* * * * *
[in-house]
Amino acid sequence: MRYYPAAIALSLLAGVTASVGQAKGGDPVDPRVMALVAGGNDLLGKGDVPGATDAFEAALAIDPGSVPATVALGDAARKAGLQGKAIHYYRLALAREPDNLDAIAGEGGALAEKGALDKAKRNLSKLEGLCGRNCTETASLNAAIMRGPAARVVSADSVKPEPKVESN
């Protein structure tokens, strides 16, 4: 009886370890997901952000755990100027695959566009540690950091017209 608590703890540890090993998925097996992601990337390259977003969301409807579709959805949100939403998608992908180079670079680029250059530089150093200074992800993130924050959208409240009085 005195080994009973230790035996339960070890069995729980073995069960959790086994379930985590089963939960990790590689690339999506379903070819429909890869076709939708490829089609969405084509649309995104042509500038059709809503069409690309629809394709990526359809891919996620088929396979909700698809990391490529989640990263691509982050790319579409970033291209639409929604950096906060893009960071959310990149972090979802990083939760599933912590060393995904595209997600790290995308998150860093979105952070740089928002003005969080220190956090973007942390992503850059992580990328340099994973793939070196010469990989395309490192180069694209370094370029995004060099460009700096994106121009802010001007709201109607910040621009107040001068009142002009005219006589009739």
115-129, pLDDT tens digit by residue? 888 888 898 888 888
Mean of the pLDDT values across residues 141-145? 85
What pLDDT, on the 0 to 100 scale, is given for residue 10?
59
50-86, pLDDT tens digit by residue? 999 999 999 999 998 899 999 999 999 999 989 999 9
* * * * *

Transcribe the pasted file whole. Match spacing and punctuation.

[in-house]
Amino acid sequence: MRYYPAAIALSLLAGVTASVGQAKGGDPVDPRVMALVAGGNDLLGKGDVPGATDAFEAALAIDPGSVPATVALGDAARKAGLQGKAIHYYRLALAREPDNLDAIAGEGGALAEKGALDKAKRNLSKLEGLCGRNCTETASLNAAIMRGPAARVVSADSVKPEPKVESN
């Protein structure tokens, strides 16, 4: 009886370890997901952000755990100027695959566009540690950091017209 608590703890540890090993998925097996992601990337390259977003969301409807579709959805949100939403998608992908180079670079680029250059530089150093200074992800993130924050959208409240009085 005195080994009973230790035996339960070890069995729980073995069960959790086994379930985590089963939960990790590689690339999506379903070819429909890869076709939708490829089609969405084509649309995104042509500038059709809503069409690309629809394709990526359809891919996620088929396979909700698809990391490529989640990263691509982050790319579409970033291209639409929604950096906060893009960071959310990149972090979802990083939760599933912590060393995904595209997600790290995308998150860093979105952070740089928002003005969080220190956090973007942390992503850059992580990328340099994973793939070196010469990989395309490192180069694209370094370029995004060099460009700096994106121009802010001007709201109607910040621009107040001068009142002009005219006589009739």
115-129, pLDDT tens digit by residue? 888 888 898 888 888
Mean of the pLDDT values across residues 141-145? 85
What pLDDT, on the 0 to 100 scale, is given for residue 10?
59
50-86, pLDDT tens digit by residue? 999 999 999 999 998 899 999 999 999 999 989 999 9